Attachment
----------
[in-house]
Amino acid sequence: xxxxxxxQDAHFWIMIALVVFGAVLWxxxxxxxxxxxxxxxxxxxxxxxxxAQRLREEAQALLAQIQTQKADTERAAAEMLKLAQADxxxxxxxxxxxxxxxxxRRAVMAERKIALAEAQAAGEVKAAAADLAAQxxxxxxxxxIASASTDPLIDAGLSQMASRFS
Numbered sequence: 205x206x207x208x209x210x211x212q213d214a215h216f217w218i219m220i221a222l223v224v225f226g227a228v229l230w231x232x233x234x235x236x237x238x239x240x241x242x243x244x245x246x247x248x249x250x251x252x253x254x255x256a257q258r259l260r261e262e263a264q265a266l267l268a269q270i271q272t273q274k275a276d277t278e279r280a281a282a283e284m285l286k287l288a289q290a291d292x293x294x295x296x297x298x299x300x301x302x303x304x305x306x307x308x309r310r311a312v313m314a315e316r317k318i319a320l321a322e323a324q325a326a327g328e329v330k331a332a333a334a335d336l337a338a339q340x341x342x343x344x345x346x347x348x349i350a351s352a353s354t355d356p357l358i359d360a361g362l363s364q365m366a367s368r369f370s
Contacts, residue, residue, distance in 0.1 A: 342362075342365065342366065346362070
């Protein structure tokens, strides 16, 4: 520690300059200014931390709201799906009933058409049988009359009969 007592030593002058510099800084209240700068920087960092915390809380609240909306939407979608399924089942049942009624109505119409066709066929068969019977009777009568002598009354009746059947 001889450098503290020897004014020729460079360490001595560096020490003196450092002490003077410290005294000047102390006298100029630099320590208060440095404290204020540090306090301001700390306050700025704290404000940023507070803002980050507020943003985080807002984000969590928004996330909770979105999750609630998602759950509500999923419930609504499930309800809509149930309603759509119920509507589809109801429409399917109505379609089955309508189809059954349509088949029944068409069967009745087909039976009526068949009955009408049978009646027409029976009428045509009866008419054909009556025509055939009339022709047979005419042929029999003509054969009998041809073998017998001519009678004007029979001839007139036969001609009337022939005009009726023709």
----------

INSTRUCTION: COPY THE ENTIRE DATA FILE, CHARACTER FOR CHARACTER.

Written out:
[in-house]
Amino acid sequence: xxxxxxxQDAHFWIMIALVVFGAVLWxxxxxxxxxxxxxxxxxxxxxxxxxAQRLREEAQALLAQIQTQKADTERAAAEMLKLAQADxxxxxxxxxxxxxxxxxRRAVMAERKIALAEAQAAGEVKAAAADLAAQxxxxxxxxxIASASTDPLIDAGLSQMASRFS
Numbered sequence: 205x206x207x208x209x210x211x212q213d214a215h216f217w218i219m220i221a222l223v224v225f226g227a228v229l230w231x232x233x234x235x236x237x238x239x240x241x242x243x244x245x246x247x248x249x250x251x252x253x254x255x256a257q258r259l260r261e262e263a264q265a266l267l268a269q270i271q272t273q274k275a276d277t278e279r280a281a282a283e284m285l286k287l288a289q290a291d292x293x294x295x296x297x298x299x300x301x302x303x304x305x306x307x308x309r310r311a312v313m314a315e316r317k318i319a320l321a322e323a324q325a326a327g328e329v330k331a332a333a334a335d336l337a338a339q340x341x342x343x344x345x346x347x348x349i350a351s352a353s354t355d356p357l358i359d360a361g362l363s364q365m366a367s368r369f370s
Contacts, residue, residue, distance in 0.1 A: 342362075342365065342366065346362070
């Protein structure tokens, strides 16, 4: 520690300059200014931390709201799906009933058409049988009359009969 007592030593002058510099800084209240700068920087960092915390809380609240909306939407979608399924089942049942009624109505119409066709066929068969019977009777009568002598009354009746059947 001889450098503290020897004014020729460079360490001595560096020490003196450092002490003077410290005294000047102390006298100029630099320590208060440095404290204020540090306090301001700390306050700025704290404000940023507070803002980050507020943003985080807002984000969590928004996330909770979105999750609630998602759950509500999923419930609504499930309800809509149930309603759509119920509507589809109801429409399917109505379609089955309508189809059954349509088949029944068409069967009745087909039976009526068949009955009408049978009646027409029976009428045509009866008419054909009556025509055939009339022709047979005419042929029999003509054969009998041809073998017998001519009678004007029979001839007139036969001609009337022939005009009726023709």